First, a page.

December 13, 2012

Making Michigan Workers Competitive Once Again

Why all the fuss over Michigan’s new law to give workers the right to choose whether to join a labor union?

The Michigan legislature has voted decisively to give workers the freedom to choose. Governor Rick Snyder signed them both within hours, calling them “pro-worker and pro-Michigan.” This makes Michigan the 23rd state to pass right-to-work legislation. House Speaker Jase Bolger said, “This is about freedom, fairness and equality. These are basic American rights – rights that should unite us.”

The protests by the United Auto Workers (UAW) leadership are not surprising, but why has President Obama jumped into the controversy by flying into Michigan to speak out against the legislation? Last time I checked, this is a state issue, not a federal one, so it is not the President’s or Congress’s issue to decide. To the contrary, since this law extends a vital freedom to workers and removes the prohibition to work at a unionized facility if they don’t pay dues to the union, President Obama should support it.

As a native of Michigan, I have witnessed the fifty-year decline of a once-great American industry as the UAW-demanded work rules, pensions and healthcare plans cost Michigan hundreds of thousands of jobs as the Big 3 steadily lost market share to foreign competitors. This handicapped Michigan workers and their employers in competing with Japanese, German and Korean automobile manufacturers, most of whom located major plants in right-to-work states like North and South Carolina, Georgia, Tennessee and Alabama.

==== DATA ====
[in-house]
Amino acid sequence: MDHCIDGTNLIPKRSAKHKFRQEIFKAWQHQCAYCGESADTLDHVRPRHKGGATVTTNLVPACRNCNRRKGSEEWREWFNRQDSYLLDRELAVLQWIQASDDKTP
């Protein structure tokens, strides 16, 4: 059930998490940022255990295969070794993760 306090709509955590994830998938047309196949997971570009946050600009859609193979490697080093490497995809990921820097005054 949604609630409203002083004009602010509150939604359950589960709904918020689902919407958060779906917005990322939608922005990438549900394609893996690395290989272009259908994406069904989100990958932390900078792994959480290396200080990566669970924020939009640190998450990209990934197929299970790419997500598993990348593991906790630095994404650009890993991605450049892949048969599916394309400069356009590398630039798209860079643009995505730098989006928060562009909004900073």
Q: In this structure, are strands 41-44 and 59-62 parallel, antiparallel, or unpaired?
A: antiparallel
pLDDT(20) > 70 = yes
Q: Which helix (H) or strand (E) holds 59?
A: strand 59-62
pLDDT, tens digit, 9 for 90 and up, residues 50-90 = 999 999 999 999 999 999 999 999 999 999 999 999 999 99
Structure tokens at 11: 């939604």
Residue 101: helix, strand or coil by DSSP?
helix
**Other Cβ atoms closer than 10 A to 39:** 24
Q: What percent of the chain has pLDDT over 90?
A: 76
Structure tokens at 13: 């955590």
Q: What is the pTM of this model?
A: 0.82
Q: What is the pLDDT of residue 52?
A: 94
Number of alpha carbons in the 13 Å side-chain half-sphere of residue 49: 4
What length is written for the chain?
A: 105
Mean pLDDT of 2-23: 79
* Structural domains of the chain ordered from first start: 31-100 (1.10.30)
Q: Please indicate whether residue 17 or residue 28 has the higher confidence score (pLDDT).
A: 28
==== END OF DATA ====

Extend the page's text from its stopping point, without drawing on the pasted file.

These restrictions rendered General Motors, Ford and Chrysler non-competitive, forcing them to relocate their factories to Mexico and China. Whereas the companies can locate their factories wherever they choose, their employees cannot, so they wind up out of work and dependent on government unemployment compensation. As a consequence, Michigan’s unemployment rate far exceeds those states, and its economy is hurting. USA Today reports that in 2000, Michigan was 19th among U. S. states in per capita income; today it’s 36th. 

As for the charge that companies in right-to-work states won’t pay their employees fairly, the evidence simply doesn’t support it. The employees of factories owned by Mercedes, BMW, Toyota, Nissan, Kia and Hyundai are well paid and fairly treated. They are voting with their feet by lining up by the thousands whenever new jobs are posted. Their quality is exceptional, as any owner of one of these cars will attest. The new factories have created automobile clusters of suppliers and vital infrastructure, as has been seen in South Carolina. That’s good for the U.S. as it creates jobs, reduces unemployment and enhances our trade balance.

With growing interest in bringing manufacturing back to the U.S., the timing of this legislation is perfect. It gives Michigan the opportunity to be fully competitive once again. It supports the revitalization of a vital U.S. industry and aids the transformations underway at the Big 3 U.S. producers. That’s good news for Michigan workers, and it enhances America’s competitiveness in the global marketplace.

Being a right-to-work state can lead to restoring Michigan’s pre-eminence as “the auto capital of the world,” revitalize a wobbling economy and get people off the unemployment rolls and back to work. Sounds like a win-win solution to me.